The old adage, “a picture is worth a thousand words” comes to mind when looking at the price action posted by US equity markets in the month of August thus far. The chart below of the Dow Industrials is a great case in point. As is evidenced by the chart, days where significant price erosion has been posted, volume has escalated – effectively informing investors that institutional interests have been reducing equity market exposure and risk. Equally important, attempts at a rebound have been anemic – both in terms of advance/decline metrics, but also in terms of volume. As a reader of this weekly note, you know that this month’s heightened volatility and sell-off was not at all unexpected.
What is more important, however, is how our month-to-date price action is likely to inform equity market performances in September and into the year-end.
Not unlike the Dow Industrials Index, the S&P 500 and Nasdaq Composite have also suffered under significant selling pressure. In the process, both indices have also exhibited similar trading patterns. The dominant themes that are driving this risk-off trade are familiar: the escalating US/China trade war and frustration with the Fed’s unwillingness to lower interest rates in a more deliberate fashion. Both themes took on an escalated posture last week – effectively driving equity prices lower and setting up equity markets for a potential follow-through trade lower.
The Dow Industrial average closed on its 200 DMA on Friday. That should speak to a degree of technical support for the market, but given the volume metrics on the day, advance/decline ratio, and the fact that it closed just off the lows of the week and session, it is safe to say that the momentum is lower for equity prices. I do not expect the 200 DMA to act as meaningful support this time around. In fact, I would not be at all surprised to see the Dow trade to 24,600 in coming weeks – potentially by the end of Q3. That level would effectively place the Dow 10% off its record closing high. I expect similar price action from the S&P 500 with 2724 being a 10% reset and the Nasdaq composite with 7506 being the target.
The S&P 500 and Nasdaq both closed sharply lower as well on Friday, but just fractionally above their respective 200 DMAs. In both cases, momentum to the downside is firmly established.
In the case of US/China trade, President Trump stated that he would raise tariffs again and requested that US-based companies begin the process of looking for alternatives to China for manufacturing. In the case of the Fed, President Trump has excoriated Fed Chair Powell for not moving to lower rates. Fed Chairman Powell’s attempts to mollify investors concerns over expectations for slower growth in Jackson Hole, Wyoming last week were overshadowed by US/China trade and President Trump.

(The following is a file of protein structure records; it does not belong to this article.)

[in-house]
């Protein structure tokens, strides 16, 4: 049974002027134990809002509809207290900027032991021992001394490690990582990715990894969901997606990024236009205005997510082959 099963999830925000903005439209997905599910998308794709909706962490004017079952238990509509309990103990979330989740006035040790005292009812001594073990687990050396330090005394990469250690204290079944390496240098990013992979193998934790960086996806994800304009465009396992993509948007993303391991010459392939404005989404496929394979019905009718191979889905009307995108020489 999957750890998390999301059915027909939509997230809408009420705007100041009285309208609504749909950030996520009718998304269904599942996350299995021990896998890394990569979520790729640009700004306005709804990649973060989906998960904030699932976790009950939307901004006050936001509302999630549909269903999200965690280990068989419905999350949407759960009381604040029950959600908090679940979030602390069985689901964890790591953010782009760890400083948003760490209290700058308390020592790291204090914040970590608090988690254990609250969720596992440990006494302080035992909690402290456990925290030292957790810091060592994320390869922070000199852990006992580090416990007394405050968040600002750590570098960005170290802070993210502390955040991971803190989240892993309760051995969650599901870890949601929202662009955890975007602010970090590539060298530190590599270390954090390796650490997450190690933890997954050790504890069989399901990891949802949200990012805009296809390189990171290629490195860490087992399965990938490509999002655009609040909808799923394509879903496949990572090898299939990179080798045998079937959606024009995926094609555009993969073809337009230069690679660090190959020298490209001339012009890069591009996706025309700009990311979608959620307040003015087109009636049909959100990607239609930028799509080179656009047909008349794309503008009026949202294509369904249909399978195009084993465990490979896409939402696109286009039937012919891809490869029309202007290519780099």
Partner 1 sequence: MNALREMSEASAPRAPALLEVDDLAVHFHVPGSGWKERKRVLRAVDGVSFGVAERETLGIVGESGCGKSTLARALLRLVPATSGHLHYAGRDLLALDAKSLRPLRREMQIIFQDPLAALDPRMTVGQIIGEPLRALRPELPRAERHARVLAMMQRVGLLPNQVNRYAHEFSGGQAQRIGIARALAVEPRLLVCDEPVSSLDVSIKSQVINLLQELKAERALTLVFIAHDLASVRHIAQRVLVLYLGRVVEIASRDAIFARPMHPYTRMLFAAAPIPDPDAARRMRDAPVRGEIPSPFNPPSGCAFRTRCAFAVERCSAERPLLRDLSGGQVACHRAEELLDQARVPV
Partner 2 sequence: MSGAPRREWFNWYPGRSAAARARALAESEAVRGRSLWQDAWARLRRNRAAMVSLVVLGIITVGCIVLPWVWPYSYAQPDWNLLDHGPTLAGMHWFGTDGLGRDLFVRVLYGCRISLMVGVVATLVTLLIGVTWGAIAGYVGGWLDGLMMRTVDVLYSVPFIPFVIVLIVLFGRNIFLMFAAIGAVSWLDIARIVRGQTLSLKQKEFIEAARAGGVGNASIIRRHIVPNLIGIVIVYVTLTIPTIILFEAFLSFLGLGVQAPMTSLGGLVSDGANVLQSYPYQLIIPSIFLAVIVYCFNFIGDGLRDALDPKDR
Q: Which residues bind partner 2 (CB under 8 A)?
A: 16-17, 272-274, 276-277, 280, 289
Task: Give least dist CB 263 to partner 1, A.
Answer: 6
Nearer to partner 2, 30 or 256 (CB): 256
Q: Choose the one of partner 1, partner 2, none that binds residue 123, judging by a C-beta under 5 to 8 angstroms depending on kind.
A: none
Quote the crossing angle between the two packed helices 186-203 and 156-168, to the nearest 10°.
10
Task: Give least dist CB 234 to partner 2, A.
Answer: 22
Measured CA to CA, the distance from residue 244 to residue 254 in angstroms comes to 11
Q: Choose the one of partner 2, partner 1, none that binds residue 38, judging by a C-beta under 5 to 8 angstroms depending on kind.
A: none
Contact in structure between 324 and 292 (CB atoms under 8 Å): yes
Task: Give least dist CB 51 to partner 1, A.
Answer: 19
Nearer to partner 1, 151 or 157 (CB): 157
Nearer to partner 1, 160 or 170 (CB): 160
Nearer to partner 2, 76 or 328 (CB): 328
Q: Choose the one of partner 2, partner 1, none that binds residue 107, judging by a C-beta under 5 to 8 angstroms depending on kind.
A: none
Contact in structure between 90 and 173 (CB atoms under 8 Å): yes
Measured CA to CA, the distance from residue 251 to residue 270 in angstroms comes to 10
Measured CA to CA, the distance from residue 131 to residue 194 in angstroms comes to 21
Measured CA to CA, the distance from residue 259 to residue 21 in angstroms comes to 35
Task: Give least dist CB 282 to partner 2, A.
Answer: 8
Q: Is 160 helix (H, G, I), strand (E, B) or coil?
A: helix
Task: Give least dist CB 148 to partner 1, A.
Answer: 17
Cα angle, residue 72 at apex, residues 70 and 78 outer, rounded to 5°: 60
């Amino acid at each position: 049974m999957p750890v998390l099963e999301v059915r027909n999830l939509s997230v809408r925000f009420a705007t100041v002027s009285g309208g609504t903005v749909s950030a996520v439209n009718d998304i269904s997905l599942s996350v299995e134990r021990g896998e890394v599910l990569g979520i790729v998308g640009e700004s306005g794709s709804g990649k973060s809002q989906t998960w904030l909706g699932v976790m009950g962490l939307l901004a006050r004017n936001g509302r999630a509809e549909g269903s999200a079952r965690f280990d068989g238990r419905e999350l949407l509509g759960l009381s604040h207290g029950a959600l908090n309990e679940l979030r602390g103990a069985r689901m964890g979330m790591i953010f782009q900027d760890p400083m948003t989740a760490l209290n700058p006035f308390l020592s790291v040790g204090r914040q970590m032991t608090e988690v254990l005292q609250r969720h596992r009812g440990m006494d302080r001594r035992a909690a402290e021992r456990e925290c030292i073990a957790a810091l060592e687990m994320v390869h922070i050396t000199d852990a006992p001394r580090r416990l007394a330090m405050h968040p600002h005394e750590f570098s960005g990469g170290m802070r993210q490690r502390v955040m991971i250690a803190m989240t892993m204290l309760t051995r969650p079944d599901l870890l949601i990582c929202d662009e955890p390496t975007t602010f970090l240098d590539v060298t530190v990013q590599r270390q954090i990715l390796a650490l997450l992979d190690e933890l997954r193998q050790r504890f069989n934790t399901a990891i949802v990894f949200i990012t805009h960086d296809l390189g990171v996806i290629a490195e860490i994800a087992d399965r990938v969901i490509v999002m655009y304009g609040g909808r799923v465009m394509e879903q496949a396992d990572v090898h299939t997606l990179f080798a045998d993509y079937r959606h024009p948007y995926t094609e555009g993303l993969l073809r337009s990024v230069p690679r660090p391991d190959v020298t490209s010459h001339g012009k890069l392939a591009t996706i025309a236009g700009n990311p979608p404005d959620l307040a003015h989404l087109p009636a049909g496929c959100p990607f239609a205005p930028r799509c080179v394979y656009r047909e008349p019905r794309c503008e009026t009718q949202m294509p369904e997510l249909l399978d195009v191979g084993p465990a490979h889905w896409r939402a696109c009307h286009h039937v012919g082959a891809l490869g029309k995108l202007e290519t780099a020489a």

The two themes are directly related, but of the two, US/China trade is the dominant one. That can best be seen by the trade that took shape on Friday after President Trump raised the stakes in the trade dispute that has increasingly taken on the profile of a full-blown war.
On Friday, all three major US equity indices were hit hard. The Dow Industrials lost 623.34 points, or 2.37%. The S&P 500 lost 75.85 points, or 2.59%. The Nasdaq Composite gave up 239.62 points, or 3.00%. More telling than simply the sell-off was the volume that accompanied it. Volume on the NYSE rose 42.45%, while volume on the Nasdaq rose 23.82%. The current market trend is “uptrend under pressure.” It feels more dire. In coming weeks, if not this week, we may well see that trend shift to “market in correction.”
As of Friday’s close, the Dow industrials and S&P 500 are 6% off their all-time highs, while the Nasdaq Composite is 7% lower. It would only take a repeat of Friday’s losses to get us fractionally close to correction, technically speaking. Given the backdrop that has fueled this risk-off trade, that isn’t much of a stretch. Even if all we do this week is lose 3%-4% for the week, we are there.
The interesting thing is that though we have seen significant losses for US equity markets in August, the backdrop of US economic data is not as bleak as you might expect – based on the most recent economic data releases. E-Commerce sales in Q2, released last Monday, were significantly stronger than expected, coming at 4.2%. Weekly jobless claims, released last Thursday, were also better than expected: 209k vs 216k. Leading Indicators for July were also stronger than Econoday consensus – coming in at 0.5% versus 0.2%. Existing home sales for July came in at 5,420 M – better than consensus of 5,385 M. New home sales for July were lighter than Econoday consensus: 635k versus 645k.
Net/net, it is difficult to make a compelling argument that the US economy is suffering from indications of cycle-end. There have been weak spots in our recent economic releases in manufacturing and housing. And yes, we have seen GDP begin to wain relative to what we saw as a result of the Trump tax act, but a slowdown does not a recession make. The economy is also not flashing signs of trade-induced stress.
What we have on our hands is a trade war-induced panic of sorts that happens to dovetail neatly with calls for lower interest rates by both the street at large and the President. Those themes are enough to drive equity prices lower – and probably lower than many are expecting in the near term. Is this the end of the bull run in equities? It is too early to tell – just don’t tell the US consumer the party is over, because by nearly every measure, they seem to be doing just fine.